On Monday, July 5, 2021, the Earth was at the point in its orbit, called aphelion. It is chiefly a fancy term for “farthest from the sun,” according to Patrick Wiggins, Utah’s NASA Solar System Ambassador.
While it came to surprise some people that the Earth would be the farthest from the sun when it is so hot outside, the change in the distance between the two celestial bodies appeared in the early days of January.Now when it is farthest, it is small and does not make much of a change in the temperatures in one way or another, Wiggins said.The difference has to do something with the Earth being tilted on its axis.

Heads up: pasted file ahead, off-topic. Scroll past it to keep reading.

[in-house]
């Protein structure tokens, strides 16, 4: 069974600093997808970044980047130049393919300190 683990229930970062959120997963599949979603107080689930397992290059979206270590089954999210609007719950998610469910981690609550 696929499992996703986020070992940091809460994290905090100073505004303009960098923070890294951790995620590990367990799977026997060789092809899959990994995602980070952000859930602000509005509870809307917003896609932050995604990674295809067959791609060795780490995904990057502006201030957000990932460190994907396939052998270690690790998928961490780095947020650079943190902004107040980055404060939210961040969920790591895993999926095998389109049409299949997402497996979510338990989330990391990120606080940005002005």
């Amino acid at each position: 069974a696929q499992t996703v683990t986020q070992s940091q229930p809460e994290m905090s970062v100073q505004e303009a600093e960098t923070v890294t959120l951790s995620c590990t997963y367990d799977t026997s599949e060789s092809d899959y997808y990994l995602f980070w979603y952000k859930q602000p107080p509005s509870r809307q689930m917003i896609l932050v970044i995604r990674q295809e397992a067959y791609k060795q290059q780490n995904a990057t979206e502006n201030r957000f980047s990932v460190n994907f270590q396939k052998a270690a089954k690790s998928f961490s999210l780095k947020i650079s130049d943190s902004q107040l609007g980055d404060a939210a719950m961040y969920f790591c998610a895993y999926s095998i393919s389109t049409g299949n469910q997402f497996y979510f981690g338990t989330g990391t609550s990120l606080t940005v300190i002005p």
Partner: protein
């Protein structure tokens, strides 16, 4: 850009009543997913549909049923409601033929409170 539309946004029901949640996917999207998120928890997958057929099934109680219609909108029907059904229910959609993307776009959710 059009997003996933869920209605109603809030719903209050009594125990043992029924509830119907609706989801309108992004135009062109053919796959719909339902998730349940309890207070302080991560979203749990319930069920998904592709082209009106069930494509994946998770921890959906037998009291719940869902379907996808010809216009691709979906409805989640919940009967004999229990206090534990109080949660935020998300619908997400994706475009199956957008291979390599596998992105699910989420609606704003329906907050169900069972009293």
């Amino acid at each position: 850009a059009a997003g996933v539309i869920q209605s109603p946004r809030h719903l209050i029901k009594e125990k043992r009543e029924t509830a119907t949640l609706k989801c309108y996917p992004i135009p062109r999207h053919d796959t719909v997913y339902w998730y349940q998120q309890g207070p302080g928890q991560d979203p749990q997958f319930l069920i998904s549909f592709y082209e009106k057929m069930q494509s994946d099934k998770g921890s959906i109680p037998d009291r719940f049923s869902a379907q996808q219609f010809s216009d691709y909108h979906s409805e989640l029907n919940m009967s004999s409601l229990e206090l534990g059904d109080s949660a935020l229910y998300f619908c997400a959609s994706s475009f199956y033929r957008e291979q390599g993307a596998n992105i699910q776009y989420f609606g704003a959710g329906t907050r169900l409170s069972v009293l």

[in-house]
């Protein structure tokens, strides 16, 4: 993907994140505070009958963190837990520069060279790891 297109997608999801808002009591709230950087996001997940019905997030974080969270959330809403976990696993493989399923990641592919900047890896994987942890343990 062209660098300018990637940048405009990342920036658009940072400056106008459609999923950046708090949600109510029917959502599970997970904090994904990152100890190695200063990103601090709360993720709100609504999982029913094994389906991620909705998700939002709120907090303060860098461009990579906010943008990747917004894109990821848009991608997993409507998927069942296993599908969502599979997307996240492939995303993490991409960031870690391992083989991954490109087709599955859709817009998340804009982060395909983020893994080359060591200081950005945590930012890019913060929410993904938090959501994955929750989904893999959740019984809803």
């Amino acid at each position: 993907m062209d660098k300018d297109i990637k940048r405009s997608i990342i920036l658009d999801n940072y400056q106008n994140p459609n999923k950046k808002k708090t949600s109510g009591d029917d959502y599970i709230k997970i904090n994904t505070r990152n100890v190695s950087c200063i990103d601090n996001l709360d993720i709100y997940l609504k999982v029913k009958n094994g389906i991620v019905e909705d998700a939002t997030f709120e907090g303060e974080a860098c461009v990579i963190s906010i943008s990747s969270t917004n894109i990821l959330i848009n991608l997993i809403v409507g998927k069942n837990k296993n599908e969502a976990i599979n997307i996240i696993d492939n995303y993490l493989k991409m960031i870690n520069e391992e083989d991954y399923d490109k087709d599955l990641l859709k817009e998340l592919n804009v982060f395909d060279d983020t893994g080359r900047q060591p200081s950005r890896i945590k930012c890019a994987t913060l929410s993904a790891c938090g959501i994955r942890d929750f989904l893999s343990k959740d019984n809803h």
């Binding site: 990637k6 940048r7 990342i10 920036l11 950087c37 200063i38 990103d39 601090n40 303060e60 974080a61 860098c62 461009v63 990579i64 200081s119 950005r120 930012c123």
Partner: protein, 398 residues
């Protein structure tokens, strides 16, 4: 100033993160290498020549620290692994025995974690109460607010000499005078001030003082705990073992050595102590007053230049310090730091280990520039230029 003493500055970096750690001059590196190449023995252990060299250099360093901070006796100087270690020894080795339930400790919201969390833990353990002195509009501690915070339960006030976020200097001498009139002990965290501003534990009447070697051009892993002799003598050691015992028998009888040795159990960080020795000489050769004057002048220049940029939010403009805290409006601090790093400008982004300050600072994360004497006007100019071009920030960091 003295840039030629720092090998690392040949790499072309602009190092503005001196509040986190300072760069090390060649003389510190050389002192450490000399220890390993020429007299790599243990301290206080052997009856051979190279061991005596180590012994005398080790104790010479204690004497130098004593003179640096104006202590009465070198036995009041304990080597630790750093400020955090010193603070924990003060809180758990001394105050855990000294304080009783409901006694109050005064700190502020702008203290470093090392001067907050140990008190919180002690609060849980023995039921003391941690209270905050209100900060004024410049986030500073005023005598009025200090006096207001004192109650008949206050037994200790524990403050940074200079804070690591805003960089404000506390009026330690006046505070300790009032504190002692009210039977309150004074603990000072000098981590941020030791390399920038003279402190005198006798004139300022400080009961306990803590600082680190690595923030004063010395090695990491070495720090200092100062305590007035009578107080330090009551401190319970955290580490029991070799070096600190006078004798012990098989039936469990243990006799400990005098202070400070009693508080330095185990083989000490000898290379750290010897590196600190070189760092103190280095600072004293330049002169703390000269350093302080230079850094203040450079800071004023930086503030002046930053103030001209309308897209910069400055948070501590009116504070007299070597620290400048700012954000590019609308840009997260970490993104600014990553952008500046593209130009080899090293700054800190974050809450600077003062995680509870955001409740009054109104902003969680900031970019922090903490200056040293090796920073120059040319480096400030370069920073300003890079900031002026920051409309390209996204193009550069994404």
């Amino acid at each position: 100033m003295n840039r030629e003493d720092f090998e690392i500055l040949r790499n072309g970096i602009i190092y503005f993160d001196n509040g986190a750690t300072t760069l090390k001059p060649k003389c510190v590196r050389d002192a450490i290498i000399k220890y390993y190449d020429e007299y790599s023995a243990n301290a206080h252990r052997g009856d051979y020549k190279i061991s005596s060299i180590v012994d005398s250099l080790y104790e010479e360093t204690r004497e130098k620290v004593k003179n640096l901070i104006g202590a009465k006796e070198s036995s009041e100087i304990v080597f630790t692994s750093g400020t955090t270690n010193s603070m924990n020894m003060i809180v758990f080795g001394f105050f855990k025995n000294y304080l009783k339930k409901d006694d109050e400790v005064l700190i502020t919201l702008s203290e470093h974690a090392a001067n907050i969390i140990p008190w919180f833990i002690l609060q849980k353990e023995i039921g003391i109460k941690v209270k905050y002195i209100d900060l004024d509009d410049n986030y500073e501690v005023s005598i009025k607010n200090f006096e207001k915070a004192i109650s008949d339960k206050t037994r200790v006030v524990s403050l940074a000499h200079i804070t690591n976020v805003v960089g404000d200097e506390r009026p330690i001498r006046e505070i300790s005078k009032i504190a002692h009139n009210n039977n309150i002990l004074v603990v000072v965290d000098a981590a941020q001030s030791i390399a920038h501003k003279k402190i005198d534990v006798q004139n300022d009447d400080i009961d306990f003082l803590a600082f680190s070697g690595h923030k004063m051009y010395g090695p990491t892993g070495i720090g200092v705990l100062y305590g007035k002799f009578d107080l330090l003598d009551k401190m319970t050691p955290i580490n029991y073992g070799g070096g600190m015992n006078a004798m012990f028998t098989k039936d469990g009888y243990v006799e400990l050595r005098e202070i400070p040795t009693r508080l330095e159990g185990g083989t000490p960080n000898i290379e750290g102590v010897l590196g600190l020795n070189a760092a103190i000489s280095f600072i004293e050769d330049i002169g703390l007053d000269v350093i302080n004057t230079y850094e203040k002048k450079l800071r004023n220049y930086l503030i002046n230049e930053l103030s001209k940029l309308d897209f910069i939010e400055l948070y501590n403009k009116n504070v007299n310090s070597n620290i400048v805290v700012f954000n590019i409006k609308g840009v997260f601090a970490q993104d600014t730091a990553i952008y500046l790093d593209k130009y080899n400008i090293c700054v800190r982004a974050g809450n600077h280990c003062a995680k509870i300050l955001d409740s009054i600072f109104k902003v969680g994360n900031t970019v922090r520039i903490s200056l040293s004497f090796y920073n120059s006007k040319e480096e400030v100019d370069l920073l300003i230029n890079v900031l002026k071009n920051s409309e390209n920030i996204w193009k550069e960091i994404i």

Of course, the people who love the cold weather can just easily take on a flight and travel towards the south of the equator, according to Wiggins. In the southern hemisphere, they have tilted away from the sun and, therefore, they will be enjoying the freezing temps of winter.There is an effect that is making the Earth move very slowly and away from the sun. This tidal interaction slows down the sun’s rotation and pushes the Earth to go farther away from the sun.